HAMPSHIRE, P.E.I. - Thamara DeVries thought the headaches caused by a problem tenant would likely be over once he was evicted from her home.
Instead, the P.E.I. landlord says her family’s life has been turned upside down after he stole more than $3,500 in items from the property and left her with little recourse for action.
While DeVries has contacted both IRAC and RCMP, which she says started an investigation, little has been done so far and she now wants to warn other landlords of what they may be getting themselves into.
“I’m extremely frustrated. I have no idea what to do,” said DeVries, who wants to see the province create more accountability for problem tenants such as creating a rating system. “I understand tenants need to be protected but (so do) landlords. We’re making a huge effort… and somehow there’s no accountability for how a tenant leaves a property.
“It would be fair if we knew what we were getting ourselves into.”
DeVries said evicting the tenant was difficult, despite numerous broken agreements in the lease.
No damage deposit was paid in the tenant’s three months, rent payments were late and while the lease clearly stated the unit was non-smoking and no pets were permitted, the man did both.
Devries said neighbours had also made numerous noise complaints and the tenant made threats to her husband.
However, the biggest headache came on July 3, when DeVries and her husband returned to their property to find it emptied.
Everything from comforters and towels to pots, pans and other kitchenware was missing, while it also appeared the dog was not house-trained and left a mess behind.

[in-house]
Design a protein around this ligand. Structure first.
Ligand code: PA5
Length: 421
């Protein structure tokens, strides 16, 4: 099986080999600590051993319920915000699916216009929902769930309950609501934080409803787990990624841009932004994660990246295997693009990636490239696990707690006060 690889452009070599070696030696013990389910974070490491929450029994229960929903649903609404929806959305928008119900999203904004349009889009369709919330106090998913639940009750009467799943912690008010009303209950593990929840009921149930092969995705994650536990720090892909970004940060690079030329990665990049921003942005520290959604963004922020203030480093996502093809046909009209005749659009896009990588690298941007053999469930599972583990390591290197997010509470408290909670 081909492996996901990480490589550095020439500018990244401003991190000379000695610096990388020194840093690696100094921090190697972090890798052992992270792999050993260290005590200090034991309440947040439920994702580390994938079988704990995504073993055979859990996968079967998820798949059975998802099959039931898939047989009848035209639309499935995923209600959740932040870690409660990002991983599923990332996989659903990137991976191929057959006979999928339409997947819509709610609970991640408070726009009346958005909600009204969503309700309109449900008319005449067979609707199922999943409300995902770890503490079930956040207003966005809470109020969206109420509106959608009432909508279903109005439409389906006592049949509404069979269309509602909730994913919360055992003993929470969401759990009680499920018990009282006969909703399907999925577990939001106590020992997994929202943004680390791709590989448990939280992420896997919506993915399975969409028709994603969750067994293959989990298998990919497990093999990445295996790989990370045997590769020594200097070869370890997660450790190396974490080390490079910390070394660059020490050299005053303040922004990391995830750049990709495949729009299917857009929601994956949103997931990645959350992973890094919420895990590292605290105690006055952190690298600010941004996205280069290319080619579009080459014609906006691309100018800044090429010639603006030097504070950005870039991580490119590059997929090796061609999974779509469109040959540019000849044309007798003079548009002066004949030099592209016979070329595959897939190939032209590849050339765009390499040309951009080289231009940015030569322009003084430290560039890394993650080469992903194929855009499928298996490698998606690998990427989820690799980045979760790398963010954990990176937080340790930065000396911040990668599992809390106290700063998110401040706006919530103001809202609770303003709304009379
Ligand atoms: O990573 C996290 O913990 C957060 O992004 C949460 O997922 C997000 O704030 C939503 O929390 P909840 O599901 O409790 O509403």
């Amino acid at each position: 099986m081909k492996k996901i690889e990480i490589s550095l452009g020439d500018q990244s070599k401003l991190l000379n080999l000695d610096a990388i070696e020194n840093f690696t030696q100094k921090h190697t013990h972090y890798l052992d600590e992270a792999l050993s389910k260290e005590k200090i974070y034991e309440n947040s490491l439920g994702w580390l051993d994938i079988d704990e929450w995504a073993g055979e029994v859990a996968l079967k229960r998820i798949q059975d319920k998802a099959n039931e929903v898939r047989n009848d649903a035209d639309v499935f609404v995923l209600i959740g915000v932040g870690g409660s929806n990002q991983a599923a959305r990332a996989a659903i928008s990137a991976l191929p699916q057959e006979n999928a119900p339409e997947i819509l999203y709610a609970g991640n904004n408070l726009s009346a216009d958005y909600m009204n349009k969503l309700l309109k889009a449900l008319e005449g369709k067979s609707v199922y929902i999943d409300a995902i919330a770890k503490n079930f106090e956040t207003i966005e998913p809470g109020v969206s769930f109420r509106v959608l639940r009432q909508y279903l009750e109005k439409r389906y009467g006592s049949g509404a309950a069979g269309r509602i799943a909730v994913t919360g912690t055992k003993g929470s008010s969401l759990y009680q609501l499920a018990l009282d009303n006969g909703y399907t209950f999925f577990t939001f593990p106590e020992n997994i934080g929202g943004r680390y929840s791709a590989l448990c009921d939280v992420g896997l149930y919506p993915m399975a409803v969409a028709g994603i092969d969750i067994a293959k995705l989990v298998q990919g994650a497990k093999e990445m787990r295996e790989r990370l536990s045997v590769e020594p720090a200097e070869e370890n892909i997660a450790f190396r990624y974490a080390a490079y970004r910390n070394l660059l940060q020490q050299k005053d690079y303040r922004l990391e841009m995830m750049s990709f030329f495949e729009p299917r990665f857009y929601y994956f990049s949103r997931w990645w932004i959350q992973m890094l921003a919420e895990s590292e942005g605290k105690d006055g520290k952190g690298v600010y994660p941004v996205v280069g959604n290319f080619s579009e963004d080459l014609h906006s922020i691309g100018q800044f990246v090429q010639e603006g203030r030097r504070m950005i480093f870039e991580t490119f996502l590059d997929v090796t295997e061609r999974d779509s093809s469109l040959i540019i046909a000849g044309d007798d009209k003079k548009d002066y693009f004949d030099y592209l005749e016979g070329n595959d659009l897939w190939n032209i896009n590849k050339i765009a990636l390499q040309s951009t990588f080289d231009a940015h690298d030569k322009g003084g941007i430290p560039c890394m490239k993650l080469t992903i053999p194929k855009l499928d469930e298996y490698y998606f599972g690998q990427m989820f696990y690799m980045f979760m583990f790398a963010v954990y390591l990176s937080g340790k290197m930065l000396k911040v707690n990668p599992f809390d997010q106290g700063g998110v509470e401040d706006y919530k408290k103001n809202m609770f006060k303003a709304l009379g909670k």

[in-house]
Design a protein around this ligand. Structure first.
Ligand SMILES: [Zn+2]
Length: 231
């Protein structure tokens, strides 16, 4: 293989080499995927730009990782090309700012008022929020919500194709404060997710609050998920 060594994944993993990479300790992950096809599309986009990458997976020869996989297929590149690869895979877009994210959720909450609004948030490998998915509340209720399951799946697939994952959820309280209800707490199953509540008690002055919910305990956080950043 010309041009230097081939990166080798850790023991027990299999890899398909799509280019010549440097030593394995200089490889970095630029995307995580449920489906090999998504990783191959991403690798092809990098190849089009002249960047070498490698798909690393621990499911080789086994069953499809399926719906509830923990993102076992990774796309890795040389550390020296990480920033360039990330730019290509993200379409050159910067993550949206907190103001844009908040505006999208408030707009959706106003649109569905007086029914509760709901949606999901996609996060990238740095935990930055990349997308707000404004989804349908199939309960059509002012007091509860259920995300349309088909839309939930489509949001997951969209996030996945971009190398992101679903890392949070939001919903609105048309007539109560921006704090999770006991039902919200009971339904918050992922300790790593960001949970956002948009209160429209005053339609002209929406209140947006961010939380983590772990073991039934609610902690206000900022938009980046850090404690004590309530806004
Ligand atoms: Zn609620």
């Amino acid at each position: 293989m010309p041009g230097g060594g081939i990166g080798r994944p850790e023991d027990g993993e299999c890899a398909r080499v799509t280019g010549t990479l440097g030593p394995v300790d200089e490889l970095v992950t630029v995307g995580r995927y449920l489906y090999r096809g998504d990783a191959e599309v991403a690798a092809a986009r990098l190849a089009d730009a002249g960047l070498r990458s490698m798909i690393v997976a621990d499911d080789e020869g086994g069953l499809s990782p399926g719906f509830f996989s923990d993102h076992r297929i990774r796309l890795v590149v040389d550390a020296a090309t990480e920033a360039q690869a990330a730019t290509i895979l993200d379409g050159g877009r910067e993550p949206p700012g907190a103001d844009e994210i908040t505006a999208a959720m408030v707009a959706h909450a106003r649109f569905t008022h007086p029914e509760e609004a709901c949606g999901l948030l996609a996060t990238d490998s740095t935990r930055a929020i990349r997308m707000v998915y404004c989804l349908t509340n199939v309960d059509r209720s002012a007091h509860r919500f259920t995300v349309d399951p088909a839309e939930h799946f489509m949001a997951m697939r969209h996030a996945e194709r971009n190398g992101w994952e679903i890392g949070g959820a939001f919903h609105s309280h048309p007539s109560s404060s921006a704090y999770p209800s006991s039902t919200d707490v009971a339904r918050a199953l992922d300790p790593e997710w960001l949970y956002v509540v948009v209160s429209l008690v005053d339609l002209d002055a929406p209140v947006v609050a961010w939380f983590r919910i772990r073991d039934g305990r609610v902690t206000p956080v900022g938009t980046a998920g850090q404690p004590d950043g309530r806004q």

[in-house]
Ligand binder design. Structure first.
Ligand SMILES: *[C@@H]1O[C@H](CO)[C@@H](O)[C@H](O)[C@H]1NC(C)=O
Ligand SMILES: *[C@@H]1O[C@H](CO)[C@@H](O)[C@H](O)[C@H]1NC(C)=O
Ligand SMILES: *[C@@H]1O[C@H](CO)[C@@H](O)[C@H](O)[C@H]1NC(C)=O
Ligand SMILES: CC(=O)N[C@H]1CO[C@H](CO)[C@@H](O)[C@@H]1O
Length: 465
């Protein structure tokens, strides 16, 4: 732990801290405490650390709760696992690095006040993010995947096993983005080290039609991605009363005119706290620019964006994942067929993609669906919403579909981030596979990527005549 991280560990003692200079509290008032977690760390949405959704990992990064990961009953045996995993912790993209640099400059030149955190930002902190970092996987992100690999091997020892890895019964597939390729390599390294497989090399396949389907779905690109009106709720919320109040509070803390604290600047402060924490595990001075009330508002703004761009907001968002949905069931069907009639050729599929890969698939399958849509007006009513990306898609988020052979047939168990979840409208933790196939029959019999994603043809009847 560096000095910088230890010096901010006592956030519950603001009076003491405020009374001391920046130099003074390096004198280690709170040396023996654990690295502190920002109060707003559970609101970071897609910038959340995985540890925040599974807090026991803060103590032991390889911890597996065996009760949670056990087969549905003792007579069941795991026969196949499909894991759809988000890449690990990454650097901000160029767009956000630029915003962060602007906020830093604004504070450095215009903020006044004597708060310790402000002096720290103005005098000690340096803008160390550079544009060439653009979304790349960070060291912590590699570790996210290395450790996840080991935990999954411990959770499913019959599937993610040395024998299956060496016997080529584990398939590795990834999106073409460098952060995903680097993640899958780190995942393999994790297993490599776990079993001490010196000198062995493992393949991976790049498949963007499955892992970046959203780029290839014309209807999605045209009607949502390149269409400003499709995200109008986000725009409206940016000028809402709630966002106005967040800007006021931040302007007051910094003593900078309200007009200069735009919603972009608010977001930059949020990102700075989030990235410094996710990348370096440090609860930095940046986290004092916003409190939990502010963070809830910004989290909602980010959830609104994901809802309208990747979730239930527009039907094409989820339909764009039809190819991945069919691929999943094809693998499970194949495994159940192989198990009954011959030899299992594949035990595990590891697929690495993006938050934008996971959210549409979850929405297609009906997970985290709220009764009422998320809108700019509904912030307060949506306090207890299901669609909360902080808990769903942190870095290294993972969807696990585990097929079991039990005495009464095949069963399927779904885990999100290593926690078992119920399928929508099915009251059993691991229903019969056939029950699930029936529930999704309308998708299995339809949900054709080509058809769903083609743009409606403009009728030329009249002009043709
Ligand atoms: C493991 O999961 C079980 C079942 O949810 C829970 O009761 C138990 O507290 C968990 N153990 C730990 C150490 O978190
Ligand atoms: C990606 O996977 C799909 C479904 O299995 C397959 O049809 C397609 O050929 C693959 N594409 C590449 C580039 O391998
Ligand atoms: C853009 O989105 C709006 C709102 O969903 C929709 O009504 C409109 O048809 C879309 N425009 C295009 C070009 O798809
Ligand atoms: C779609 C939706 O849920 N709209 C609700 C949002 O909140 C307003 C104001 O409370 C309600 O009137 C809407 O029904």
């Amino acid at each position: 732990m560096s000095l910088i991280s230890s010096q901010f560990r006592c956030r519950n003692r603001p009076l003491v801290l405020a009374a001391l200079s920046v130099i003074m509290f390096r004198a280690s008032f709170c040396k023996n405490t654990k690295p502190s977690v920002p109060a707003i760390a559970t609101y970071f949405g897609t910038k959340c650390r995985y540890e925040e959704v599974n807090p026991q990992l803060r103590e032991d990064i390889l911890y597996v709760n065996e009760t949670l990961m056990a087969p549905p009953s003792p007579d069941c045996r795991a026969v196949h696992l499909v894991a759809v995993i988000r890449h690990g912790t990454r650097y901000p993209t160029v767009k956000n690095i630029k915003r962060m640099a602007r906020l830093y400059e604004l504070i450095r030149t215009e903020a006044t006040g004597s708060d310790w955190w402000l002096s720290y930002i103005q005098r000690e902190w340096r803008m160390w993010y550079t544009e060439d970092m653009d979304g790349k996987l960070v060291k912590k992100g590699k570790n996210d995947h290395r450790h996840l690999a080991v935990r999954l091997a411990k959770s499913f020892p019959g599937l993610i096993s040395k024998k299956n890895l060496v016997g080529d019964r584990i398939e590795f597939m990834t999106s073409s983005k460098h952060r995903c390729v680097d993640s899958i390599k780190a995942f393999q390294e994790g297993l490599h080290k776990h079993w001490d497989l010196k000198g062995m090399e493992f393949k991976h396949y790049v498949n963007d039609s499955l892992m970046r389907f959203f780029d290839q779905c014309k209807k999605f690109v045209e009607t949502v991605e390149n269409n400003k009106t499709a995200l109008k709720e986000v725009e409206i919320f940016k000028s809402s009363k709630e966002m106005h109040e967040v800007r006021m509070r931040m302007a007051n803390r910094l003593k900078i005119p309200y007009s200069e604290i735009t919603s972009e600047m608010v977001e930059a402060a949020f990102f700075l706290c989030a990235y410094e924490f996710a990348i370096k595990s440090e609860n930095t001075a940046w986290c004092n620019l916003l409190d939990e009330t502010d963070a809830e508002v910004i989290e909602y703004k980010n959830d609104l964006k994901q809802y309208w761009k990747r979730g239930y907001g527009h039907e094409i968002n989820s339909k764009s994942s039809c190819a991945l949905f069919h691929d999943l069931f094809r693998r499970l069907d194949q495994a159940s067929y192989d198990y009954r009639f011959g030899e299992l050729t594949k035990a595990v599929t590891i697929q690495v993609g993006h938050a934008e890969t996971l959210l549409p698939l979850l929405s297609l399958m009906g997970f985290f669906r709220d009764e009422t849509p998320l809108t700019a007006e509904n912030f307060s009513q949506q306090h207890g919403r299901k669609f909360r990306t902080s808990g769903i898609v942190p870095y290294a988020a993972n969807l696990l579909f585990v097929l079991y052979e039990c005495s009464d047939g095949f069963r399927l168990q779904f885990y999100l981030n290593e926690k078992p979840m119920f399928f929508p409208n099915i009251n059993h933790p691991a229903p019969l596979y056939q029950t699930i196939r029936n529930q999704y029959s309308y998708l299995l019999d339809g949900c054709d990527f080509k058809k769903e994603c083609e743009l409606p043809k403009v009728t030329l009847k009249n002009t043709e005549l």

“The house was in such a state, it was extremely concerning,” said DeVries.
DeVries said she was initially told by RCMP the issue appeared to be a civil matter, however, she disagreed and says the value of the items taken amounts to theft.
After being confronted by her husband, the tenant accused the couple of harassment and made an appeal to IRAC asking to be reimbursed for the months he was living there because he claimed the internet was not working.
“He really just fabricated a huge story to tell IRAC for them to be compassionate about his situation,” said DeVries.
“He’s getting away with too much.”
DeVries said the worst part was that she bought the property with the goal of eventually moving her grandparents, who now live in the politically and economically embattled Venezuela, to P.E.I.
Her grandparents had visited P.E.I. for several months last year and had left behind many of their belongings for the eventual move.
DeVries said those items were taken by the tenant and she knows her grandparents will likely never see them again.
“That’s why it’s even more sad for me… (When I told my grandmother) she said, ‘wow, so it’s not only Venezuela where I’ll get my stuff stolen’.”